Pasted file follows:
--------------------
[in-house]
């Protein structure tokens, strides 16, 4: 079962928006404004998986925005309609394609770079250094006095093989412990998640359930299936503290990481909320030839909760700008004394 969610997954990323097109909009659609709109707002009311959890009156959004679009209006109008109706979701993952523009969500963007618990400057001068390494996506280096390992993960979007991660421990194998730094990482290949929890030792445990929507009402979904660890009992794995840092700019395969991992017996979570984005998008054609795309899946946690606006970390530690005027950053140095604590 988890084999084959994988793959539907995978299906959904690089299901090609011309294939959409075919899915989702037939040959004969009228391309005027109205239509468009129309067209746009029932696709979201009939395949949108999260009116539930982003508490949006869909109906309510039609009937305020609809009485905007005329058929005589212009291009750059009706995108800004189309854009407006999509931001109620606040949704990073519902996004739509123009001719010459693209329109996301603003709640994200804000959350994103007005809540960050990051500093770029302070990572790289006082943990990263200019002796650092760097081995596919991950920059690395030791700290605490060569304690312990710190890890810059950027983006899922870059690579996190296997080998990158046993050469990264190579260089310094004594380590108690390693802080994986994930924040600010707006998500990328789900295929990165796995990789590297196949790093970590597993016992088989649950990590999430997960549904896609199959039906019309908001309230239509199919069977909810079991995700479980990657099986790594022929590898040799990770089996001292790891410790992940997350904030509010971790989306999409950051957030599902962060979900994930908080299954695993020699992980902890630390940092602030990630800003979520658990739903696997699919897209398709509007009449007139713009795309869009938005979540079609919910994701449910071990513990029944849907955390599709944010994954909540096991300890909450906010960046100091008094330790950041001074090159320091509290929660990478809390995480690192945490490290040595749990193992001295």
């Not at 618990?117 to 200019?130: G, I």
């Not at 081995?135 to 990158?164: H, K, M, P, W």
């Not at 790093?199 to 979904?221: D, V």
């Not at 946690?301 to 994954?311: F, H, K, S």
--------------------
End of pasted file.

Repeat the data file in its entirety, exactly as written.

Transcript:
[in-house]
């Protein structure tokens, strides 16, 4: 079962928006404004998986925005309609394609770079250094006095093989412990998640359930299936503290990481909320030839909760700008004394 969610997954990323097109909009659609709109707002009311959890009156959004679009209006109008109706979701993952523009969500963007618990400057001068390494996506280096390992993960979007991660421990194998730094990482290949929890030792445990929507009402979904660890009992794995840092700019395969991992017996979570984005998008054609795309899946946690606006970390530690005027950053140095604590 988890084999084959994988793959539907995978299906959904690089299901090609011309294939959409075919899915989702037939040959004969009228391309005027109205239509468009129309067209746009029932696709979201009939395949949108999260009116539930982003508490949006869909109906309510039609009937305020609809009485905007005329058929005589212009291009750059009706995108800004189309854009407006999509931001109620606040949704990073519902996004739509123009001719010459693209329109996301603003709640994200804000959350994103007005809540960050990051500093770029302070990572790289006082943990990263200019002796650092760097081995596919991950920059690395030791700290605490060569304690312990710190890890810059950027983006899922870059690579996190296997080998990158046993050469990264190579260089310094004594380590108690390693802080994986994930924040600010707006998500990328789900295929990165796995990789590297196949790093970590597993016992088989649950990590999430997960549904896609199959039906019309908001309230239509199919069977909810079991995700479980990657099986790594022929590898040799990770089996001292790891410790992940997350904030509010971790989306999409950051957030599902962060979900994930908080299954695993020699992980902890630390940092602030990630800003979520658990739903696997699919897209398709509007009449007139713009795309869009938005979540079609919910994701449910071990513990029944849907955390599709944010994954909540096991300890909450906010960046100091008094330790950041001074090159320091509290929660990478809390995480690192945490490290040595749990193992001295």
């Not at 618990?117 to 200019?130: G, I």
């Not at 081995?135 to 990158?164: H, K, M, P, W």
């Not at 790093?199 to 979904?221: D, V």
């Not at 946690?301 to 994954?311: F, H, K, S």